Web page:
Steve Van Vugt with one of his salvaged logs made into a bench

Flights of fancy and other wood art

Driftwood artist discovers new life through fire and flame

According to Greek mythology, a phoenix is a long-lived bird cyclically reborn, by obtaining new life by arising from the ashes of its predecessor.

So it is with Steve Van Vugt.

When a fire destroyed his home on Hornby Island, it destroyed much of what he had created and gathered for his retirement. He had spent 28 years as owner and operator of White Rock Antiques. His antiques and precious objects became ashes, his plans vapourized.

Of course he was devastated, but he soon realized that this might be the opportunity he was seeking — a new life without any of the trappings of the past. In many ways he said he felt he brought this misfortune on himself, so it stands to reason that he turned it around.

“Sometimes, some of us need to let go of something before we can allow something new to enter our lives,” said Van Vugt.

He went from the fine finished woods in antiques to the rough, natural shapes and forms of driftwood. He became Driftwood Steve.

On Hornby he had discovered the wealth of raw material in discarded wood. He became Slab Master where he spent three years cutting table tops up to four feet wide and 12 feet long from logs salvaged from the beach,

“And so began my new pursuit to make a living with what was remaining… my wood,” he said.

He travelled to Germany and began creating temporary sculptures out of sand and snow. He calls himself a conceptual artist.

He now resides part-time in Canada and part-time in Germany. In Germany he found Europeans had a very real appreciation for the cast offs from our logging industry.

Sooke became his Canadian transition from Hornby Island. It is here that he finds some of the most amazing driftwood.

“My love for driftwood — that’s why I live here,” he said. “The driftwood here is spirit wood,” he said. “We have such an abundance here. The waste is beyond me.”

He lives on Whiffin Spit Road on a large property which affords him the space to create his works for Art by Nature.  His bread and butter are the driftwood birds scattered around his property. Call them flights of fancy, because that is exactly what they are. He enjoys making these and never names what type of bird they are.

“I leave it to the imagination,” he said. “Interpretation allows others to see things and only the wood speaks out.” He also said children have been his best teachers.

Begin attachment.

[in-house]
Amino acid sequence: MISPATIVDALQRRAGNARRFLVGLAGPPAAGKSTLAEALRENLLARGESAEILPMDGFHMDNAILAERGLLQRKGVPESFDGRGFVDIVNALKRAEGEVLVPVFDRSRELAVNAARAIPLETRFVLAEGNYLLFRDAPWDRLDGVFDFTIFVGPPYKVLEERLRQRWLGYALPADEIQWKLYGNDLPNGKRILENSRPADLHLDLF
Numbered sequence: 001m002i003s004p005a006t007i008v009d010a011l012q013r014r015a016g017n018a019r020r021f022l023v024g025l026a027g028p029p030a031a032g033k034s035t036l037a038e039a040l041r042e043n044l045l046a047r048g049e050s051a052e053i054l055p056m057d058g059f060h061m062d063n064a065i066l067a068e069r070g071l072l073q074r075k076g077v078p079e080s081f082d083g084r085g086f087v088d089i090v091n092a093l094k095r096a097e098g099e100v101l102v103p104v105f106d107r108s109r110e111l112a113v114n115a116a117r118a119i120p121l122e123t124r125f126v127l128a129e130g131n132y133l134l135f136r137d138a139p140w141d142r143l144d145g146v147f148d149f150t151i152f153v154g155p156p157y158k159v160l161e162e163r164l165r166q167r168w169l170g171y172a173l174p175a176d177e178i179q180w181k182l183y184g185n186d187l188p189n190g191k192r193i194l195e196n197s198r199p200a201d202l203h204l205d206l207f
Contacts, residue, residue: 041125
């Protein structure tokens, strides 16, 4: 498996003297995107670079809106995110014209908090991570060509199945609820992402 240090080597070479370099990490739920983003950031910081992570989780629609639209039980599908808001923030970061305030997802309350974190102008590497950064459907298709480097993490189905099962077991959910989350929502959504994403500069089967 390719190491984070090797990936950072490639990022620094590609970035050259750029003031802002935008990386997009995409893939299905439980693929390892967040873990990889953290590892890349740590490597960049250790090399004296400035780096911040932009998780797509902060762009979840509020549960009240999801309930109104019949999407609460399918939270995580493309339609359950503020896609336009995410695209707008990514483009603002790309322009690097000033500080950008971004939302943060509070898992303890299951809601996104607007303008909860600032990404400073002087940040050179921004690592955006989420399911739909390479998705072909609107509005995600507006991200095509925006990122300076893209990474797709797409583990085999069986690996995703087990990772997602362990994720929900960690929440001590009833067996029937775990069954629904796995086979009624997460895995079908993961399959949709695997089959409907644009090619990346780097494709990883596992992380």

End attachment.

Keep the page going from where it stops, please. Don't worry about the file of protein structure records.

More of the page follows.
Scattered around his home are various objects made from reclaimed wood, some sculpted only slightly and some fashioned into organic benches, tables and seats. Outside are eco-friendly Christmas trees made from driftwood. He also has some of his “trees” at the Sooke Harbour House.

He is holding an Art by Nature open house on Dec. 15 from 11 a.m. to about 7 p.m. at 1564 Whiffen Spit Road. He will have hot chocolate, homemade chai and gluk wein available.

And, he says, watch for some surprise temporary art on Whiffin Spit between Christmas and New Years.

For more information: artbynaturesteve@gmail.com or call 250-642-7522 and leave a message for Van Vugt.

Just Posted

Woman charged in Saanichton stabbing

One man treated for injuries, released from hospital following Friday assault

Sooke’s First Nations have Iroquois links

References to the proud Iroquois race tend to make one think of… Continue reading

Avid Victoria cyclist’s legacy bike ride helps fund end-of-life care

2019 Denis Muloin Ride for Palliative Care invites cyclists for May 26 fundraiser

Funnyman coming to the West Shore

Comedy and television staple Billy Gardell performs at Elements Casino

Police-run Youth for Change and Inclusion camp bids fond farewell to tireless directors

Founder Sgt. Paul Brookes has run camp empowering youth and creating leaders for 16 years

‘Teams that win are tight’: B.C. Lions search for chemistry at training camp

The Lions added more than 50 new faces over the off-season, from coaching staff to key players

Growing wildfire prompts evacuation of High Level, Alta.

Chuckegg Creek fire has been burning for several day, but grew substantially Sunday

Top women’s hockey player Natalie Spooner coming to B.C.

Natalie Spooner special guest at annual Grindstone charity weekend in Kelowna

Take-home drug testing kits latest pilot to help curb B.C.’s overdose crisis

Researchers look to see if fentanyl testing could be a useful tool for those who use drugs alone

Facebook takes down anti-vaxxer page that used image of late Canadian girl

Facebook said that the social media company has disabled the anti-vaccination page

Search crews rescue kids, 6 and 7, stranded overnight on Coquitlam mountain

Father and two youngsters fall down a steep, treacherous cliff while hiking Burke Mountain

Raptors beat Bucks 118-112 in 2OT thriller

Leonard has 36 points as Toronto cuts Milwaukee’s series lead to 2-1

Rescue crews suspend search for Okanagan kayaker missing for three days

71-year-old Zygmunt Janiewicz was reported missing Friday

B.C. VIEWS: Reality of our plastic recycling routine exposed

Turns out dear old China wasn’t doing such a great job

Most Read